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Triggering pneumococcal competence

Memoirs of an escape artist
PhD ceremony:Mr J. Slager
When:February 22, 2019
Supervisors:prof. dr. J.W. (Jan-Willem) Veening, prof. dr. O.P. (Oscar P) Kuipers
Where:Academy building RUG
Faculty:Science and Engineering

Streptococcus pneumoniae (the pneumococcus) is a bacterium that commonly resides in the upper respiratory tract of healthy individuals. However, when the pneumococcus spreads to other parts of the human body, it can cause potentially lethal infections, leading to over a million deaths each year. Both vaccination programs and antibiotic treatment have proven effective in preventing pneumococcus-related deaths. However, the long-term efficacy of these approaches is undermined by the pneumococcus’ ability to take up and integrate DNA from its surroundings. The state in which pneumococci are able to do so is called competence, which may accelerate the spread of antibiotic resistance and hamper recognition of the bacterium by the human immune system (i.e. vaccine escape). In this thesis, the genetic code of the pneumococcus was analyzed with an unprecedented level of detail. The resulting information was shared in a publicly accessible database called PneumoBrowse. Furthermore, the responses of the pneumococcus to a wide range of infection-relevant conditions were determined and presented in a second database, PneumoExpress. Both databases were used to refine our knowledge of the aforementioned competence system and which genes and proteins are affected by it. Finally, we identified two distinct mechanisms by which certain antibiotics induce the activation of the competence system. These findings help to understand which triggers are responsible for the activation of competence and thereby contribute to the spread of antibiotic resistance and vaccine escape.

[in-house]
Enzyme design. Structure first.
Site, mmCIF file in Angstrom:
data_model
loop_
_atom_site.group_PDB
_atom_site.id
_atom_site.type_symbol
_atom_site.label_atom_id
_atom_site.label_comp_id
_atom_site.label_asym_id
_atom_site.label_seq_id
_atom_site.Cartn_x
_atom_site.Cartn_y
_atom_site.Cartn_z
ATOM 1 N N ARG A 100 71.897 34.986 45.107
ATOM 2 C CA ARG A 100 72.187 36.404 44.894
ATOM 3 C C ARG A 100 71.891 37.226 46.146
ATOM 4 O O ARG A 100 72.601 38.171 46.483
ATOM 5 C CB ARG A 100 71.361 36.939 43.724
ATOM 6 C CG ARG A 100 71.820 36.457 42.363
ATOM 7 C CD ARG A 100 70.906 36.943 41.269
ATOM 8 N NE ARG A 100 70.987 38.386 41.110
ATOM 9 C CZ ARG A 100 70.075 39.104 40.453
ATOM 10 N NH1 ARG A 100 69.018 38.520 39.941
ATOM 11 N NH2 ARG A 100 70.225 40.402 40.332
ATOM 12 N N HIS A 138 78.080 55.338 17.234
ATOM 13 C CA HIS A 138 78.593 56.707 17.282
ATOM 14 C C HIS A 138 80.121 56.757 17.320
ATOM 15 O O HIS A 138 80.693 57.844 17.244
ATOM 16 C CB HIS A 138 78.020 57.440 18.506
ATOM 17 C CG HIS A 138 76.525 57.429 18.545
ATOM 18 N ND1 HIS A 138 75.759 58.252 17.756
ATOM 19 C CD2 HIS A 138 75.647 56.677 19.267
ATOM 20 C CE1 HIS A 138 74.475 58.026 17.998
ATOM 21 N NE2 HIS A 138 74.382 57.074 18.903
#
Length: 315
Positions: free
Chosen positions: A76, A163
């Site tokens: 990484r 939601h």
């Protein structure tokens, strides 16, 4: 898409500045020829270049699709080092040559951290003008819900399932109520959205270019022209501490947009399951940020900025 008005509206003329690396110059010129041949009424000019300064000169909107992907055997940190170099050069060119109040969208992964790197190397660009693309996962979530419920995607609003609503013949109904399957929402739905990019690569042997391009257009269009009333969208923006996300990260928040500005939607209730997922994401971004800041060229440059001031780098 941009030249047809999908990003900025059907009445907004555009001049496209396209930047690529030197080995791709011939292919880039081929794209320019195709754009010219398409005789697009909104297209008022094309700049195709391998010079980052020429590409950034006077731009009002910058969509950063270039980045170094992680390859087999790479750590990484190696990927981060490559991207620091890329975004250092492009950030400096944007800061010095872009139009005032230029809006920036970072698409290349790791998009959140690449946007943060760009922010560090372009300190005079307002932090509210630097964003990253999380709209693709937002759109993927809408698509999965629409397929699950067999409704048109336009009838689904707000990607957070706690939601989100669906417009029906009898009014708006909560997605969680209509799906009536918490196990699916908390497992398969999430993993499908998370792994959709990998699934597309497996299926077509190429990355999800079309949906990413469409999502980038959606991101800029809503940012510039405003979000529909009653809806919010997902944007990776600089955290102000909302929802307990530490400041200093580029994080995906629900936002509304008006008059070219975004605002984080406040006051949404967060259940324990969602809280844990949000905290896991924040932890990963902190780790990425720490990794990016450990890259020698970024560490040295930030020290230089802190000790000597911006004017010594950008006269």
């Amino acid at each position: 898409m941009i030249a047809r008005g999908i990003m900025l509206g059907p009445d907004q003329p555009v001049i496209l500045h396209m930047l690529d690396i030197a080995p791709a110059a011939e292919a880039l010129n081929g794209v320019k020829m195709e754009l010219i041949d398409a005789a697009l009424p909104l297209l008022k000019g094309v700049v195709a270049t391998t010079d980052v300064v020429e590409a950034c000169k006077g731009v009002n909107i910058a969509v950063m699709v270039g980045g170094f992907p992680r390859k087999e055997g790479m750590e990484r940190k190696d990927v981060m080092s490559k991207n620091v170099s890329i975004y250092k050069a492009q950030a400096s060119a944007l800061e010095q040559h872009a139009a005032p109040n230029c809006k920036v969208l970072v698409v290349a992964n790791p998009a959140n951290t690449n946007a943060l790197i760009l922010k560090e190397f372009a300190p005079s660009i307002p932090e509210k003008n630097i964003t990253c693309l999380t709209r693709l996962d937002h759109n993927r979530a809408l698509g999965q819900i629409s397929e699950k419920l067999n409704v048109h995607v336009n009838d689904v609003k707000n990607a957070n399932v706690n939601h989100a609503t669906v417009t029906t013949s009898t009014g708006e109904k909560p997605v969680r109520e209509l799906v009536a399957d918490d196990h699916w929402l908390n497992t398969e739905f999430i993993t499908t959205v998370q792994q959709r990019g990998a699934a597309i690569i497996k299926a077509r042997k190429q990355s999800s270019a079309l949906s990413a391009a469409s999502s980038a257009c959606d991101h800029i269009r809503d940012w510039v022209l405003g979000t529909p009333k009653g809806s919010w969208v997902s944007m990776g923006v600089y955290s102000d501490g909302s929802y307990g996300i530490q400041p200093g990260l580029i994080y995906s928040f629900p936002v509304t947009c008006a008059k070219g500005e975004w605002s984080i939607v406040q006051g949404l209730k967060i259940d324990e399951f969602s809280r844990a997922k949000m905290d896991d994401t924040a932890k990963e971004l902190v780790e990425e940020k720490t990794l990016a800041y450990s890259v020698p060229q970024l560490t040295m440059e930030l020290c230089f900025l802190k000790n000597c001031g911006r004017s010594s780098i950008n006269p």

See also these news reports:

Location is what counts for bacterial genes

How antibiotics help spread resistance